I love when people do great round-up posts. Rachel Held Evans curates good content for her Sunday Superlatives. Darryl Dash, a pastor I’ve just recently met in Toronto, has a post every Saturday, which I like, called Saturday Links. (A lot of his content is geared toward pastors, but he also seems to find interesting time management stuff, too.) Another online writing friend, Bronwyn Lea, posts a “Pick of the Clicks” each week, and it’s always worth checking out.
I can’t promise that I will do round-up posts regularly around here. (This is not the time to be promising anything – not when summer is upon us, and the book is about to release.) But I’ve been realizing, as I’ve been writing so much content on the topic of desire, that I’m finding lots of good food for thought. It seems only natural to share it with you.
4 Principles of Prayer from Saint Augustine by Tim Keller
1. “You must account yourself desolate in this world.”
2. “Pray for a happy life.”
3. Learn to pray as the Lord’s Prayer teaches us to pray.
4. Pray for the removal of your tribulations – and yet submit to God’s will.
“Like Lewis, it is the sense of longing for a lost Eden and the joy that whispers of fulfillment that drives Eliot to his greatest accomplishments.”
“When I Want Something So Bad that God Hasn’t Given (yet)” by Lina Abujamra
1. Do I want it more than Him?
2. Am I using Him to Get it?
3. Am I willing to live without it?
4. How long am I willing to wait for it?
The Art of Focus by David Brooks
“Like everyone else, I’m losing the attention war . . . The lesson from childhood, then, is that if you want to win the war for attention, don’t try to say “no” to the trivial distractions you find on the information smorgasbord; try to say “yes” to the subject that arouses a terrifying longing, and let the terrifying longing crowd out everything else.”
“Emotion isn’t the Caboose to Faith” Interview with Tim Keller
“This book [Encounters with Jesus: Unexpected Answers to Life’s Biggest Questions] seeks to reach the heart, though I give much philosophical argument. I don’t think people would actually sit down and listen to The Reason for God unless they already might wish that Christianity does make sense. A lot of people aren’t going to give the time it takes to think it through if they don’t care if Christianity is true. But if you expose people to Jesus’ claims and offers, that makes people say, ‘That would be great—living water.’ It has to make emotional and even cultural sense to people before they sit down and decide if it makes rational sense.”
A Life Beyond Do What You Love by Gordon Marino
“The faith that my likes and dislikes or our sense of meaning alone should decide what I do is part and parcel with the gospel of self-fulfillment. Philosophy has always been right to instruct that we can be as mistaken about our views on happiness as anything else. The same holds for the related notion of self-fulfillment. Suppose that true self-fulfillment comes in the form of developing into “a mature human being.” This is of course not to claim that we ought to avoid work that we love doing just because we love doing it. That would be absurd. For some, a happy harmony exists or develops in which they find pleasure in using their talents in a responsible, other-oriented way.”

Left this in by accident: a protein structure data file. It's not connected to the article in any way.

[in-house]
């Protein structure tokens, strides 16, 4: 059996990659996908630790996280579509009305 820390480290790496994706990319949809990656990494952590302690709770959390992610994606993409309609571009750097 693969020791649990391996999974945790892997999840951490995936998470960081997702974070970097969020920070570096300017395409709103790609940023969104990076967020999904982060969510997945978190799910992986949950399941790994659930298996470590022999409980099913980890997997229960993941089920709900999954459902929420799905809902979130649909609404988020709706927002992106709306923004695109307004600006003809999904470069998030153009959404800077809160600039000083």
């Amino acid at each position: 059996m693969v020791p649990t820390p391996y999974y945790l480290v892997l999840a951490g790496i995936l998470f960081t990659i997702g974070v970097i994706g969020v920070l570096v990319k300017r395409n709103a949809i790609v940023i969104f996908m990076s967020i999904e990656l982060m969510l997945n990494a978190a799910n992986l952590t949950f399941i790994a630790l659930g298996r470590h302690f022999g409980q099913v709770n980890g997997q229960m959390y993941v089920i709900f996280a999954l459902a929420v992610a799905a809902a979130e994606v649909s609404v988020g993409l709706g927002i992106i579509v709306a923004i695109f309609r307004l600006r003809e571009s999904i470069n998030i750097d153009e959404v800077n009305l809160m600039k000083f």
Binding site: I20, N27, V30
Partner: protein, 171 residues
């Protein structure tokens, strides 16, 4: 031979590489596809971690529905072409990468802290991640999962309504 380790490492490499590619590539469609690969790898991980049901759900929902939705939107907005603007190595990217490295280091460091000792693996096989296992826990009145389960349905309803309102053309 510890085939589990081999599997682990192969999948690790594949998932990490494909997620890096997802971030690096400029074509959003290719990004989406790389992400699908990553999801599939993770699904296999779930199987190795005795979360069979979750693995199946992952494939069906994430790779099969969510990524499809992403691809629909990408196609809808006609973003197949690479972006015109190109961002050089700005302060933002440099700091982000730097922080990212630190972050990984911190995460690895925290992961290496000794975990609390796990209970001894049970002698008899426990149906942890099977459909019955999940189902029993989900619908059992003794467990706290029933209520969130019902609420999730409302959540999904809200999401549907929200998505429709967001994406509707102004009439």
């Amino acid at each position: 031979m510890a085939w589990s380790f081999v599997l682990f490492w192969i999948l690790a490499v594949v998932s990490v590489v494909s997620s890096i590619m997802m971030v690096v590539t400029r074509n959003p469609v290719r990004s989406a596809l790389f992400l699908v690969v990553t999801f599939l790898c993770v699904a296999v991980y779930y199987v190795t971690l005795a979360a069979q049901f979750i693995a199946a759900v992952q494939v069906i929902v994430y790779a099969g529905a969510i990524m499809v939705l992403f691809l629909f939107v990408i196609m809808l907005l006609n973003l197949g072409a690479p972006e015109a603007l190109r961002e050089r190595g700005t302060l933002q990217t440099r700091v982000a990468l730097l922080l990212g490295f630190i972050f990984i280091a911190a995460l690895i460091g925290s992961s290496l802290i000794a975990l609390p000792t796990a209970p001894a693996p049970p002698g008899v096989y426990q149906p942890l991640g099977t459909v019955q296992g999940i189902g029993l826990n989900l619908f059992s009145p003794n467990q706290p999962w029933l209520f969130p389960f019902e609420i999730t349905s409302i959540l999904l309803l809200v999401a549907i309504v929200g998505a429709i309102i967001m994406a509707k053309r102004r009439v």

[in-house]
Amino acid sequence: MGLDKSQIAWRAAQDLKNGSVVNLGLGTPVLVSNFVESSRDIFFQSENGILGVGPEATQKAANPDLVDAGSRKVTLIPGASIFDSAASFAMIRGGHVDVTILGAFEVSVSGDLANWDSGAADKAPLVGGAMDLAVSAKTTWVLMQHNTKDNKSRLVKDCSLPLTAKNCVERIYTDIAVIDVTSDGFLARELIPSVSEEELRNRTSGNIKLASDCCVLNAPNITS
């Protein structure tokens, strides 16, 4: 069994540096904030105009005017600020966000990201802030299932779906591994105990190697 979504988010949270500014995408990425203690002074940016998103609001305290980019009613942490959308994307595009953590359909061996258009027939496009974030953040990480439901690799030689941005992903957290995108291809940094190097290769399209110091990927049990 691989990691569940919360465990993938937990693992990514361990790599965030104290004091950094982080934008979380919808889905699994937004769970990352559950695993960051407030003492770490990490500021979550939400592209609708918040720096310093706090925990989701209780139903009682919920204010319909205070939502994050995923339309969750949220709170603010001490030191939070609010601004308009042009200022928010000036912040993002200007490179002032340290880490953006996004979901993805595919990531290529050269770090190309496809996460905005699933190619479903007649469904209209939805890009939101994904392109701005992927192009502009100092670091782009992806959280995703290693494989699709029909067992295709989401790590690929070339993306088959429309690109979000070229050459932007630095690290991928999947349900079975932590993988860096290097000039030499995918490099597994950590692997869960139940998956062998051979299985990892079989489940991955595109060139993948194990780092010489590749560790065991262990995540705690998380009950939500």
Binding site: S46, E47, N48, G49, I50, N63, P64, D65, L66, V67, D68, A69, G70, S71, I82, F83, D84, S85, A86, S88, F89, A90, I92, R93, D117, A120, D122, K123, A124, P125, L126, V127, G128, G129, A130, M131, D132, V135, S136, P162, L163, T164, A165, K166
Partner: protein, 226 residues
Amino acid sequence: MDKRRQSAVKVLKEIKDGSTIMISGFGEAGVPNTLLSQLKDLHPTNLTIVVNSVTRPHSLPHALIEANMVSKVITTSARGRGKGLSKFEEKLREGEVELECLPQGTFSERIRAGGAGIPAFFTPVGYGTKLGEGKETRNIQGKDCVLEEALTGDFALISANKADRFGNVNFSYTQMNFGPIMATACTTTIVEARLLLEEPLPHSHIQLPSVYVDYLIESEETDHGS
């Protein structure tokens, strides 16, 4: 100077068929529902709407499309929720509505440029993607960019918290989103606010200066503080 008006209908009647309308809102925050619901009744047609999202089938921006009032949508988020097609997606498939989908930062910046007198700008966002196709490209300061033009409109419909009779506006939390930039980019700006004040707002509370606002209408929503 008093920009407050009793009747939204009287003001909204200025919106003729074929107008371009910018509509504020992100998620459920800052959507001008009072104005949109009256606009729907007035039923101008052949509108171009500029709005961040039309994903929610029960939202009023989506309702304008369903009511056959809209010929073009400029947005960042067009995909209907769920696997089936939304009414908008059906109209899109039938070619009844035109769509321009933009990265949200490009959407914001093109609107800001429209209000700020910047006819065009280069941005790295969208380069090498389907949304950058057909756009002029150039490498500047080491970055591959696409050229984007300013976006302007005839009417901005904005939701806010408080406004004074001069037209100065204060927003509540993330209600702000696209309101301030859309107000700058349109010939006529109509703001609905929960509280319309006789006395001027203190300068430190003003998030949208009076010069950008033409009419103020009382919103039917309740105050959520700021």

Kathleen Nielson and Don Carson have written a book, Here is Our God,
a compilation of the talks from TGC’s conference for women in Orlando this year.
“It reveals the commitment of TGC’s pastor-leaders to value and encourage the women of the church in studying and teaching the Scriptures. . . How crucial for the church to be raising up strong women of the Word—women who know it, love it, declare it, and live it.”
Women, Work and Faith: Five Common Themes by Bethany Jenkins
“I wear many hats.”
“I’m not sure how my work matters.”
“I’m not done yet.”
“I see brokenness everywhere.”
In defense of the aesthetic
“The most powerful anti-aesthetic force to be overcome in the church today is the utilitarian mindset that demands some practical application or tangible outcome of art works in order to justify their pursuit. The leading Christian aestheticians of our time, H. R. Rookmaaker, Leland Ryken, Francis Schaeffer, and Nicholas Wolterstorff, have all critiqued this attitude. Again, we take our cue from God himself, whose works include myriad instances of beautiful things that have no practical use beyond the enjoyment and aesthetic satisfaction they bring.”
-James S. Spiegel, Aesthetics and Worship, 1998
How we must read Scripture
“Your best servant is he who does not attend so much to hearing what he himself wants as to willing what he has heard from you.” Augustine
“And now, Israel, what does the LORD your God require of you, but to fear the LORD your God, to walk in all his ways, to love him, to serve the LORD your God with all your heart and with all your soul, and to keep the commandments and statutes of the LORD, which I am commanding you today for your good?”